I picked this audiobook up after reading an article that briefly analyzed Islam as, in part, a political structure that evolved as a response to a lack of centralized government and as an aid to survival in a harsh environment with limited resources. A logical hypothesis that, while not exactly a paradigm shift, at least started something of a sea-change in my perceptions of the conflict. Although this book didn’t visit that idea with as much depth as I was expecting/hoping, that ended up being a good thing. I was initially displeased with the quantity of personal accounts but the fact that this book was an even combination of history and anecdotal stories from the author’s time in the region limited my ability to hold the information at a strictly analytical distance.

Although there are some typical themes outlined such as religion as a tool for imperialism, I was fascinated by several topics in particular that I just hadn’t really thought about before. Some examples:

  • The impact the Tsetse fly had in halting organized conversion attempts from moving south of the 10th parallel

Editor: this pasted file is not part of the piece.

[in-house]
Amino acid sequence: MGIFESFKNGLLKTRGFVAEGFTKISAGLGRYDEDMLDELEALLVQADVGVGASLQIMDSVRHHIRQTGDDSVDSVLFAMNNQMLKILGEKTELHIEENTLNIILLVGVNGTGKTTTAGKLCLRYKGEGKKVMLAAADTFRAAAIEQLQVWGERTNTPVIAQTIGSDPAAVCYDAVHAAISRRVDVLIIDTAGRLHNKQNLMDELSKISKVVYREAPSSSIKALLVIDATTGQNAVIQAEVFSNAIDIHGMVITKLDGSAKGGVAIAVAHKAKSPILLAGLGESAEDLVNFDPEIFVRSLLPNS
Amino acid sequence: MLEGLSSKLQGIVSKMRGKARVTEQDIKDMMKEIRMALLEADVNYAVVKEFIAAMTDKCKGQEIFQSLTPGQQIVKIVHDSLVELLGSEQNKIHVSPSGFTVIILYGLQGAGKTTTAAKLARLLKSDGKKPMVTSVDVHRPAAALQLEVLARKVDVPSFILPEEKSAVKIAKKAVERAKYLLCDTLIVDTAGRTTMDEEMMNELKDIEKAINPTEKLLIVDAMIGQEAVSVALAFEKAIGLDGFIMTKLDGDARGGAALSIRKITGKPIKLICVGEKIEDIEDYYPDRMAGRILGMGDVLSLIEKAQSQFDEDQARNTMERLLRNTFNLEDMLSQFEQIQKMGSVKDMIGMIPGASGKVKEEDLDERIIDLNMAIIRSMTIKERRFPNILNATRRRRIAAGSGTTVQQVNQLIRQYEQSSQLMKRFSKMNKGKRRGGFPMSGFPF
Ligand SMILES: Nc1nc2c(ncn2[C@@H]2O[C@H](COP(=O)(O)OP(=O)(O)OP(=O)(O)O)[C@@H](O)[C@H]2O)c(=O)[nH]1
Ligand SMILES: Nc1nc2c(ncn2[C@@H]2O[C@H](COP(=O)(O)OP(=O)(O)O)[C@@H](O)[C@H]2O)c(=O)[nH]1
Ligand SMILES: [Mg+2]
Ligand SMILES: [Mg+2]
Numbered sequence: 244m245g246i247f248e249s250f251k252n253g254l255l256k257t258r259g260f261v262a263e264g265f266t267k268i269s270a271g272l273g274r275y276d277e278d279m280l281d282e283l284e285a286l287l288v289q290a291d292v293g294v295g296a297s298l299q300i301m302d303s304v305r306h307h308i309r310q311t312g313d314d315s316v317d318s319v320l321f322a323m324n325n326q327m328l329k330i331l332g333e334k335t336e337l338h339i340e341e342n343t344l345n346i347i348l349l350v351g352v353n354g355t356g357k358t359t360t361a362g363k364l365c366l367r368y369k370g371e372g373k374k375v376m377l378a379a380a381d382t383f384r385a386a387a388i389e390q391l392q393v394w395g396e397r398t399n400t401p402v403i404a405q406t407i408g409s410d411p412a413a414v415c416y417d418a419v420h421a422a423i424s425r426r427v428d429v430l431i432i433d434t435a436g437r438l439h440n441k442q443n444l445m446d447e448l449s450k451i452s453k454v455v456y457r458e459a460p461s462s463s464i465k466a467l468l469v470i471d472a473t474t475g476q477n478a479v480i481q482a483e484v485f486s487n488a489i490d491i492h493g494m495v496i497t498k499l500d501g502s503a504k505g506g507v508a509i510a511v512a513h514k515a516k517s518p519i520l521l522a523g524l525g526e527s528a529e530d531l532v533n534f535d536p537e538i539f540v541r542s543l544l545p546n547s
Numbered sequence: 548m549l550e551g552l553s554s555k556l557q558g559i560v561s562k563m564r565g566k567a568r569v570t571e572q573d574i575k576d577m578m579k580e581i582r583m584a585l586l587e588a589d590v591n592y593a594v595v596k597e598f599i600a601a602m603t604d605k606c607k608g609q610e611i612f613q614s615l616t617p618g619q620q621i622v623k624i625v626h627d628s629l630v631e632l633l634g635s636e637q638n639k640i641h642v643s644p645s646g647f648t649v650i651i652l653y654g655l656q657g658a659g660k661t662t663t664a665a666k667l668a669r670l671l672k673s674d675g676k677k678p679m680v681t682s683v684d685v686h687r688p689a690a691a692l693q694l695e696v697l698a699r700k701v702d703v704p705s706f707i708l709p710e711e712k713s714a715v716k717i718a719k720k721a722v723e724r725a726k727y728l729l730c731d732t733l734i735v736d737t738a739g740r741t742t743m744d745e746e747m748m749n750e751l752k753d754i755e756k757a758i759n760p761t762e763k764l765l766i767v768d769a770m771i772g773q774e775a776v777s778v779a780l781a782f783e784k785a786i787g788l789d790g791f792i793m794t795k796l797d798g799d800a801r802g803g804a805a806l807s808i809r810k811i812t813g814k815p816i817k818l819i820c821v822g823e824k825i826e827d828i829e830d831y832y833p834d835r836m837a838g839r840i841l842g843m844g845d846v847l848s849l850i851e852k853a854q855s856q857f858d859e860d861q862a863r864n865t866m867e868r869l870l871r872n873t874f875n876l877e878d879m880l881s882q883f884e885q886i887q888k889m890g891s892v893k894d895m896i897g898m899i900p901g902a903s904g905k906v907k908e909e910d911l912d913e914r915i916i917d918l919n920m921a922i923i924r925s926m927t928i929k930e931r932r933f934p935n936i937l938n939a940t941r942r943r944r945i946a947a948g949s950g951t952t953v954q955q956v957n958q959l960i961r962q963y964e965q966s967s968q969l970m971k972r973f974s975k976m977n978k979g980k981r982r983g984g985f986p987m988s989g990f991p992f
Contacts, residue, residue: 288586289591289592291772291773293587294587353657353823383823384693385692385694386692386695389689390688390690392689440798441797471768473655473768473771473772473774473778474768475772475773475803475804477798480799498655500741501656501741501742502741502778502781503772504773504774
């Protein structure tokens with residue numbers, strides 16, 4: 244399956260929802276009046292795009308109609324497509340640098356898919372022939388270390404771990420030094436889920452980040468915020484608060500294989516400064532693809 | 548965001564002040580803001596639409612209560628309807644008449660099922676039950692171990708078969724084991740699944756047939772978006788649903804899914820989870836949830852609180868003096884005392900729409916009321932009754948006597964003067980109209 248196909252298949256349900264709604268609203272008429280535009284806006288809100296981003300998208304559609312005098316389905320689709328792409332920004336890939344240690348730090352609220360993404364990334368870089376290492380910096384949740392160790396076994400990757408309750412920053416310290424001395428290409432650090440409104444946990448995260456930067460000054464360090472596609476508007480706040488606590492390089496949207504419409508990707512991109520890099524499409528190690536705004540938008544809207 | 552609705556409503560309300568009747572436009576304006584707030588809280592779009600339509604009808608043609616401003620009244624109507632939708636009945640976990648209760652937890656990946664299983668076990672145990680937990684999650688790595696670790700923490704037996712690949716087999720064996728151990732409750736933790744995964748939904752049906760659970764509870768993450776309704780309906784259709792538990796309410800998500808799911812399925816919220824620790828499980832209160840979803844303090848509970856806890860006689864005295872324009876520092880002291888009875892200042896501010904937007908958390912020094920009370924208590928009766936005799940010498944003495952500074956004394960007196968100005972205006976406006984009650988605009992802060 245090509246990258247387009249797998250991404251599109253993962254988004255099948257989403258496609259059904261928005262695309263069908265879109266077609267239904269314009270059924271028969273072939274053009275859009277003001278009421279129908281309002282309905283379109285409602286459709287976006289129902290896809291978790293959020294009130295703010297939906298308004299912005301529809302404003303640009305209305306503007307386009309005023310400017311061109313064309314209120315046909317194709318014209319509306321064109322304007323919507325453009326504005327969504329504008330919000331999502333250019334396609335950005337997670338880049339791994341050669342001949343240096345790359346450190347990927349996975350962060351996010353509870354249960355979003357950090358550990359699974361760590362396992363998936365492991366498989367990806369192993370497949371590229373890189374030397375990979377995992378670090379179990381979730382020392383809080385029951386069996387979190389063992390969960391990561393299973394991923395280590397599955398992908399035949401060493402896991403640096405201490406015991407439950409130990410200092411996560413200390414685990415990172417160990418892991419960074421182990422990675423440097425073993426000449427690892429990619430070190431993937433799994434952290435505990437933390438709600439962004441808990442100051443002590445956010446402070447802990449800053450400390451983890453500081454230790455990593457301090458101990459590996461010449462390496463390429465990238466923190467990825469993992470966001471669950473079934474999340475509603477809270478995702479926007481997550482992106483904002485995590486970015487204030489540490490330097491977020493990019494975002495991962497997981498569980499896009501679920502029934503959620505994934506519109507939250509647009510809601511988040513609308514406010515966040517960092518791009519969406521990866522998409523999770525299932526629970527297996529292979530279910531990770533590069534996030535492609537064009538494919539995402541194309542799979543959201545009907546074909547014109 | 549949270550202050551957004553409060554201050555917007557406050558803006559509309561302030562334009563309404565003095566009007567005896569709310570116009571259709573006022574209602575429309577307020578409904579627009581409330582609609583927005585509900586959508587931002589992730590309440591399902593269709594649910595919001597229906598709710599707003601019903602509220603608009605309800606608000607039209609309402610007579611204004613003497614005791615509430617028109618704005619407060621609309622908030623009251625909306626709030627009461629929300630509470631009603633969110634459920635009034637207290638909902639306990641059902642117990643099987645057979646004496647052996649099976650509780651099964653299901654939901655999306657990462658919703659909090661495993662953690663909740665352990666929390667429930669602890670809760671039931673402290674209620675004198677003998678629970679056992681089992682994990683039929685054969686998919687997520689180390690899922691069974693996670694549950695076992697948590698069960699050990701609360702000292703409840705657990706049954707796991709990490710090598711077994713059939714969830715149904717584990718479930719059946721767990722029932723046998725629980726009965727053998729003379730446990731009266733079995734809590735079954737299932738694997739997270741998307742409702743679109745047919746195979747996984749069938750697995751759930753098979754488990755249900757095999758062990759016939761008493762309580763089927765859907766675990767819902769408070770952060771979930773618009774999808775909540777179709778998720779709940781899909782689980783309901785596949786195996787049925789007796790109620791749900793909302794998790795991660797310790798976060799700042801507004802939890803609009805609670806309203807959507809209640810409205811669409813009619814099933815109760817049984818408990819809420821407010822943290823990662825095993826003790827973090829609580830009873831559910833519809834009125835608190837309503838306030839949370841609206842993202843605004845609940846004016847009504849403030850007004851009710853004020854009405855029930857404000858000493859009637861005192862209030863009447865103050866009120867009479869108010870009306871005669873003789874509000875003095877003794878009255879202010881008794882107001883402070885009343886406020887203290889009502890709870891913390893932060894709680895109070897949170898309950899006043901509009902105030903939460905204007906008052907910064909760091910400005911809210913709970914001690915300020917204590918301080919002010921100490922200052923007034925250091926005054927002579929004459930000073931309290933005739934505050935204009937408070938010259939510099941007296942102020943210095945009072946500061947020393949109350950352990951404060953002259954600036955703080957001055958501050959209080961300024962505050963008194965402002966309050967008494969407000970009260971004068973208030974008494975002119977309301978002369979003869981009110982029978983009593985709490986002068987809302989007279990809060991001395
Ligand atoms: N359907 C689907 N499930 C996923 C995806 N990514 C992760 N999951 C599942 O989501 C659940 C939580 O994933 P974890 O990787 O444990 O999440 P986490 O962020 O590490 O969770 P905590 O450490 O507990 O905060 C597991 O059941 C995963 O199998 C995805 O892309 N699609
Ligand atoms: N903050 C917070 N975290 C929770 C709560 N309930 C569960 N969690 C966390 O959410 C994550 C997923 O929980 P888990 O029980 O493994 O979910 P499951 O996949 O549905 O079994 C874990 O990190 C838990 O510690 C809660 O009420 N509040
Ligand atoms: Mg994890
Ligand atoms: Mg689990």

• The outline of the Cold War era attempt by the West to employ Islam as a tool to halt the spread of communism in the Middle-East, including the search for a “Muslim Billy Graham” who would see atheistic communism as the same threat the Christian West did
  • “Herein lies one of the striking enigmas about religion. Faith grows faster under pressure.” and the analysis that in America, 9/11 initiated a growth spurt in Islam
  • Although aware of the use of relief aid (specifically food) as a tool for recruitment or conversion, I was still startled at the described perception (while discussing Islam in the area of Malaysia) that much of the transmission of Western culture, from KFC to Brittany Spears, is part of an effort by the Christian West to turn Muslims from their faith
  • The disparity between Christianity as practiced in the West and as practiced around the 10th parallel